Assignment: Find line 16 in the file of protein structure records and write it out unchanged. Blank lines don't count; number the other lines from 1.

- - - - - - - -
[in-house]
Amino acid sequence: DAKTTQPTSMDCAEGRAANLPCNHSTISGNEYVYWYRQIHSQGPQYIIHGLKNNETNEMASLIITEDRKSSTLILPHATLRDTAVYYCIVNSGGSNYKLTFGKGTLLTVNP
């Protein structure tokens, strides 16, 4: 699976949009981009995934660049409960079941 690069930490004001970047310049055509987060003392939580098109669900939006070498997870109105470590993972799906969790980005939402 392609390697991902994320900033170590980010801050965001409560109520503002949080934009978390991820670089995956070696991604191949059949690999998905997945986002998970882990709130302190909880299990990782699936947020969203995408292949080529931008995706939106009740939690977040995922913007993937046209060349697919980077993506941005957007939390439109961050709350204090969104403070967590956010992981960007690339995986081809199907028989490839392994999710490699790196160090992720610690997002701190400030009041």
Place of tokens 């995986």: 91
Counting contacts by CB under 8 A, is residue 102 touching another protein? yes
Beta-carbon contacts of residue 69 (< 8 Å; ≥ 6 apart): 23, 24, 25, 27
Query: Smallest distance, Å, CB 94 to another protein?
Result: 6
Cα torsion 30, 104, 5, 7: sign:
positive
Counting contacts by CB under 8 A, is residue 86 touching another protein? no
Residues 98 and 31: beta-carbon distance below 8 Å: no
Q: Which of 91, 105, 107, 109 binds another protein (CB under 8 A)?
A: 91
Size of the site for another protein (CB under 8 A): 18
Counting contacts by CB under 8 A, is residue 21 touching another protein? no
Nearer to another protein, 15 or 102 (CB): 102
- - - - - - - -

Counting contacts by CB under 8 A, is residue 21 touching another protein? no